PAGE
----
This would be Netscape's last participation in RSS development for eight years. As RSS was being embraced by web publishers who wanted their feeds to be used on My.Netscape.Com and other early RSS portals, Netscape dropped RSS support from My.Netscape.Com in April 2001 during new owner AOL's restructuring of the company, also removing documentation and tools that supported the format.
Two entities emerged to fill the void, with neither Netscape's help nor approval: The RSS-DEV Working Group and Dave Winer, whose UserLand Software had published some of the first publishing tools outside of Netscape that could read and write RSS.
Winer published a modified version of the RSS 0.91 specification on the UserLand website, covering how it was being used in his company's products, and claimed copyright to the document. A few months later, UserLand filed a U.S. trademark registration for RSS, but failed to respond to a USPTO trademark examiner's request and the request was rejected in December 2001.
The RSS-DEV Working Group, a project whose members included Guha and representatives of O'Reilly Media and Moreover, produced RSS 1.0 in December 2000. This new version, which reclaimed the name RDF Site Summary from RSS 0.9, reintroduced support for RDF and added XML namespaces support, adopting elements from standard metadata vocabularies such as Dublin Core.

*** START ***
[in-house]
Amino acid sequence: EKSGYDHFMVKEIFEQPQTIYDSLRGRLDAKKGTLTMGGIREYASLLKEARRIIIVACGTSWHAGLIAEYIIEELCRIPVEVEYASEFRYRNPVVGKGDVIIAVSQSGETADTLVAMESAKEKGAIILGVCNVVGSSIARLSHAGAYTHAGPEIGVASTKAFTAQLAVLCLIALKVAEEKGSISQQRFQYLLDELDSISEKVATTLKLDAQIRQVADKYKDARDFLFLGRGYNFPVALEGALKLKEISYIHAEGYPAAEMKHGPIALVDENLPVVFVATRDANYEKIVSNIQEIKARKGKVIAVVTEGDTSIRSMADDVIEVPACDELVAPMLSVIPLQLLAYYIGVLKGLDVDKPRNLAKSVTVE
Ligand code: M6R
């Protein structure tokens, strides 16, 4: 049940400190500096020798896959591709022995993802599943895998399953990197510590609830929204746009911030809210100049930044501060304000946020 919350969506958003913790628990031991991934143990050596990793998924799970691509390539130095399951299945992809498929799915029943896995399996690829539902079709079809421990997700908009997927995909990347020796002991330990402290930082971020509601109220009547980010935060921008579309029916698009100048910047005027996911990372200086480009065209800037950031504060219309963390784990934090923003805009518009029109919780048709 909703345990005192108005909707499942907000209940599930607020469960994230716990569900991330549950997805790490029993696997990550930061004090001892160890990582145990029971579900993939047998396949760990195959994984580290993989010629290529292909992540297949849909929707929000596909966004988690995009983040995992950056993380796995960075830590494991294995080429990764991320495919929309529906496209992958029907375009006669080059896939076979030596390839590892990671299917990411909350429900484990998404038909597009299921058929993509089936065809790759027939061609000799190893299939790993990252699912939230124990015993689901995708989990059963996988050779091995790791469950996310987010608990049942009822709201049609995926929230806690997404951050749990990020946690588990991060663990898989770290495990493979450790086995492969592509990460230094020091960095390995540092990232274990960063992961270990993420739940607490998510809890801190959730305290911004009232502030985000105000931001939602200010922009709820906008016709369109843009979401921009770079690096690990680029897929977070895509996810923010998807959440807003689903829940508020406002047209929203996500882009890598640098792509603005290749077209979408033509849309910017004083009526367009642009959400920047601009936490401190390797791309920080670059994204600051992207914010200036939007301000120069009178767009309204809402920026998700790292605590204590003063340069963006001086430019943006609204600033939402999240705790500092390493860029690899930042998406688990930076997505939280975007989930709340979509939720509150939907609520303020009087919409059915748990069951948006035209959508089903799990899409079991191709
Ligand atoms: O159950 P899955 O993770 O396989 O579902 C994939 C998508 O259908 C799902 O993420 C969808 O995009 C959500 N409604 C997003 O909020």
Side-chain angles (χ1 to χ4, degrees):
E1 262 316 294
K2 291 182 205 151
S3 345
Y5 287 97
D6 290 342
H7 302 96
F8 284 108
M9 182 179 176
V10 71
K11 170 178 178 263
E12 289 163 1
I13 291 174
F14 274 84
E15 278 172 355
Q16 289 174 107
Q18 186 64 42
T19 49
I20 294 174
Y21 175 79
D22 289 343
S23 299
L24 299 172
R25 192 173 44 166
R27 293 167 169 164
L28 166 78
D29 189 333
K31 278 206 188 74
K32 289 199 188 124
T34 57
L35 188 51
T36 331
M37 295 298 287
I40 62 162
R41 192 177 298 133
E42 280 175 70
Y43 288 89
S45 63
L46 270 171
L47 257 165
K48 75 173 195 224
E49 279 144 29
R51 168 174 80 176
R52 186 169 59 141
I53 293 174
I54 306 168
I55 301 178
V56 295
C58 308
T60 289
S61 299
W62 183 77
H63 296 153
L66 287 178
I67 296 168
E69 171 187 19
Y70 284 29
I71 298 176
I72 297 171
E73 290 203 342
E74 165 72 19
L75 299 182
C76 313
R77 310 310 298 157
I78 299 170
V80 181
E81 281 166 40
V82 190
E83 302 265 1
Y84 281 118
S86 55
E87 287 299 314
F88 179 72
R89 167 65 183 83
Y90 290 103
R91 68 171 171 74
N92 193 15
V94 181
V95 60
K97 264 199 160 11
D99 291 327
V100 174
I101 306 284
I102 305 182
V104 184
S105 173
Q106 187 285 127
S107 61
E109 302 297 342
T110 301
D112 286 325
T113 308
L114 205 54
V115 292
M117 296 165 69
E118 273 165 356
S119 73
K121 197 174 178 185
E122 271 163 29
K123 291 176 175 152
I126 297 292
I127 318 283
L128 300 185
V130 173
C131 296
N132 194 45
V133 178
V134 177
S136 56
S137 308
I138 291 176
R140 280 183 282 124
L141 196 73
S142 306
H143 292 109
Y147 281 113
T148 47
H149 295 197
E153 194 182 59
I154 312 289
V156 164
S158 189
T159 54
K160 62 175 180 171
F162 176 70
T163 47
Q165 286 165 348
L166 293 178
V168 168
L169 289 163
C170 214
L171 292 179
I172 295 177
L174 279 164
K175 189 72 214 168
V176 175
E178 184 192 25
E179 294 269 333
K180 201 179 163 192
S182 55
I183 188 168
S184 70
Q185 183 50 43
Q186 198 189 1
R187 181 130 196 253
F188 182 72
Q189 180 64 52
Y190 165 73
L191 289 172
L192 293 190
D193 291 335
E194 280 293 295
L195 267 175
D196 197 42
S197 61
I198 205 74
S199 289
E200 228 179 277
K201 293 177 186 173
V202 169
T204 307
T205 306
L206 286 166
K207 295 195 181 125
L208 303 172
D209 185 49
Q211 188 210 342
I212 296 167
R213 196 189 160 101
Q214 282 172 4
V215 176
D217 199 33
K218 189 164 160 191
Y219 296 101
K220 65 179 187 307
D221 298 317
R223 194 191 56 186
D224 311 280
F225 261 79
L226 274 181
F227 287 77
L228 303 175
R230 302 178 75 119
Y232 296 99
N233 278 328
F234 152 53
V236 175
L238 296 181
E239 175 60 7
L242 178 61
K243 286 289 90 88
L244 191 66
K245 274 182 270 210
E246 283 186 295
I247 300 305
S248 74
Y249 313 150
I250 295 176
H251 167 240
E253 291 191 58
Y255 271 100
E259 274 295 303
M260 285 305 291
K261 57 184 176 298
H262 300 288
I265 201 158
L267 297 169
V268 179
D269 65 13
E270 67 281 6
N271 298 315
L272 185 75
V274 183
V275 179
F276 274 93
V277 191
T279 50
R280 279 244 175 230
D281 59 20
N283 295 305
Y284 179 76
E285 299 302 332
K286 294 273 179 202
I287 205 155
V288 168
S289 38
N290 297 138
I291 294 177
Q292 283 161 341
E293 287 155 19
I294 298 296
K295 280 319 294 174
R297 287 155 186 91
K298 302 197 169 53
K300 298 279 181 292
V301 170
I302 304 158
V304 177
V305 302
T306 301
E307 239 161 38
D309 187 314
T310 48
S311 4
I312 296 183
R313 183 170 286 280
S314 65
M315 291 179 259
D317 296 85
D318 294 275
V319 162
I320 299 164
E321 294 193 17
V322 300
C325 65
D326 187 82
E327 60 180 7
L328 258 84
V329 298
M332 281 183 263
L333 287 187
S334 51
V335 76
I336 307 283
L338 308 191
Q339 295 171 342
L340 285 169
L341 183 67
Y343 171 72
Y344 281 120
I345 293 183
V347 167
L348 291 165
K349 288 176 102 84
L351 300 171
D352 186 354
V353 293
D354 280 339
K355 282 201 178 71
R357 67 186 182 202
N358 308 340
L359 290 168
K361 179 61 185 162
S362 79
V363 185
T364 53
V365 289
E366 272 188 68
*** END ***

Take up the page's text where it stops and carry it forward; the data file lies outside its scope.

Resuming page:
In December 2000, Winer released RSS 0.92 a minor set of changes aside from the introduction of the enclosure element, which permitted audio files to be carried in RSS feeds and helped spark podcasting. He also released drafts of RSS 0.93 and RSS 0.94 that were subsequently withdrawn.
In September 2002, Winer released a major new version of the format, RSS 2.0, that redubbed its initials Really Simple Syndication. RSS 2.0 removed the type attribute added in the RSS 0.94 draft and added support for namespaces. To preserve backward compatibility with RSS 0.92, namespace support applies only to other content included within an RSS 2.0 feed, not the RSS 2.0 elements themselves. (Although other standards such as Atom attempt to correct this limitation, RSS feeds are not aggregated with other content often enough to shift the popularity from RSS to other formats having full namespace support.)